By Joshua Guttman, MD
Baker N, Amini R, Situ-LaCasse EH, et al. Can emergency physicians accurately distinguish retinal detachment from posterior vitreous detachment with point-of-care ocular ultrasound? Am J Emerg Med. 2017 Oct 13. pii: S0735-6757(17)30814-8.
Ocular complaints are common in the ED. Particularly, it is common for patients to present with visual disturbance, flashes and floaters. The most common causes of these complaints are posterior vitreous detachment and retinal detachment. Posterior vitreous detachment (PVD) is a relatively benign cause that does not require urgent ophthalmologic intervention, while retinal detachment (RD) is a site-threatening and requires urgent consultation. Traditionally, emergency physicians relied on a dilated ophthalmologic exam by an ophthalmologist to differentiate between these two conditions. Ultrasound has been suggested as an alternative method that can be performed at bedside, without the aid of an ophthalmologist. Previous studies on experts showed that point of care ultrasound (POCUS) was able to rule out RD with a high degree of accuracy. Ultrasound can also be used to identify PVD, differentiating it from RD.
The authors of this study sought to determine the ability of emergency physicians at various levels of POCUS experience to differentiate RD, PVD and normal ocular POCUS based on video image review. They enrolled residents and attendings who all had basic POCUS knowledge but had variable proficiencies in ocular POCUS. They were all given a brief tutorial on differentiating PVD and RD. The gold standard was the diagnosis given by the consulting ophthalmologist for those specific cases. Overall, 390 video clips were reviewed by 13 physicians. They diagnosed RD 74.6% of the time, PVD 85.7% of the and normal 94.9% of the time. There was no statistically significant difference between physicians with more or less experience (0-25 scans vs 25-50 vs over 50) or by level of training (attending, fellow or resident).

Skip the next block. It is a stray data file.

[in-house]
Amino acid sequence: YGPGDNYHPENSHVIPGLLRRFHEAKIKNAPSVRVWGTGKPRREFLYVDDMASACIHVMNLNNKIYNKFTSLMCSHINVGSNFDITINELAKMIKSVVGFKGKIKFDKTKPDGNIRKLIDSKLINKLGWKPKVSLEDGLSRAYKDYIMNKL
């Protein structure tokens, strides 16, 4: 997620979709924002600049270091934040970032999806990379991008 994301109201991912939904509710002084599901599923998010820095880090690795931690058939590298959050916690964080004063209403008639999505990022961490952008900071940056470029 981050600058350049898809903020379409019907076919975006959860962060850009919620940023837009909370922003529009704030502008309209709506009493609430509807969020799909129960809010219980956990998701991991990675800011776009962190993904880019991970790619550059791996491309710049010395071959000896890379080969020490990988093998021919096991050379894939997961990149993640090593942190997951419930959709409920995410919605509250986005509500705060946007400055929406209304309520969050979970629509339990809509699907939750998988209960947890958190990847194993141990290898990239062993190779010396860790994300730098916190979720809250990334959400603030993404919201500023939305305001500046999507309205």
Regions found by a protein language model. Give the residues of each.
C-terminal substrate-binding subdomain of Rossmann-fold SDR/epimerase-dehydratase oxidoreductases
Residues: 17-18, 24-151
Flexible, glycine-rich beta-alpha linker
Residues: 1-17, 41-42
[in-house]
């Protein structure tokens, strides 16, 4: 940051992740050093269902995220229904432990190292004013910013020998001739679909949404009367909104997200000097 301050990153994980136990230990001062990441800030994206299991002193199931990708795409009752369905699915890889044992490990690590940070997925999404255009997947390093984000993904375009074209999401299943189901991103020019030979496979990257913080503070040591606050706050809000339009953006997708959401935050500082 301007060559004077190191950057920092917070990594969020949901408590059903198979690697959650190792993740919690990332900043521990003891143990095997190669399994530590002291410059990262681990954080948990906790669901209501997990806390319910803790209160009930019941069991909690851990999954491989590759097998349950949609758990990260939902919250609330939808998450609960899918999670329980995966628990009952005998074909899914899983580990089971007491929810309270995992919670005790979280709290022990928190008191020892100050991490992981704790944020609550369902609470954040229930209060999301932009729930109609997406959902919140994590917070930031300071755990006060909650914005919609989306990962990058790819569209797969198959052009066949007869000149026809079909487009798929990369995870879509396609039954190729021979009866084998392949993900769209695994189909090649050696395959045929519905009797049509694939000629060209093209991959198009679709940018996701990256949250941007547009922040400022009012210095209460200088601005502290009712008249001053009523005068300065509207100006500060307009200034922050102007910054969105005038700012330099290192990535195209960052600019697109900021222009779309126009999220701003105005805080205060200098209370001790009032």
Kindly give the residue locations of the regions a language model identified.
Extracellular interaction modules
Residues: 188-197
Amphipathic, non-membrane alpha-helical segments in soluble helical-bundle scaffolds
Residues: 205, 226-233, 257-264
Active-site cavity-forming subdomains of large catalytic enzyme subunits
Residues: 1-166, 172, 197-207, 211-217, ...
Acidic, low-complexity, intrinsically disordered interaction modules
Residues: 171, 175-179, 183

This study showed that emergency physicians had modest accuracy at differentiating PVD and RD on ultrasound. There were several limitations to this study, including the limited number of participants, the bias towards only 3 possible diagnoses on POCUS (PVD, RD and normal) as opposed to the wider differential diagnosis in normal clinical practice, and that it was run at an academic medical center with likely more savvy POCUS staff. The more interesting aspect of this study was that there was no difference in accuracy based on the number performed. It is generally assumed that the more POCUS exams done, the more proficient one is at interpretation. However, in the case of ocular ultrasound this may not be accurate. Fortunately, emergency physicians at all levels were able to diagnose a normal ocular ultrasound which can be helpful in the clinical setting. However, the moderate diagnostic accuracy is not sufficient to rule out RD and therefore a non-expert still needs ophthalmologic consultation.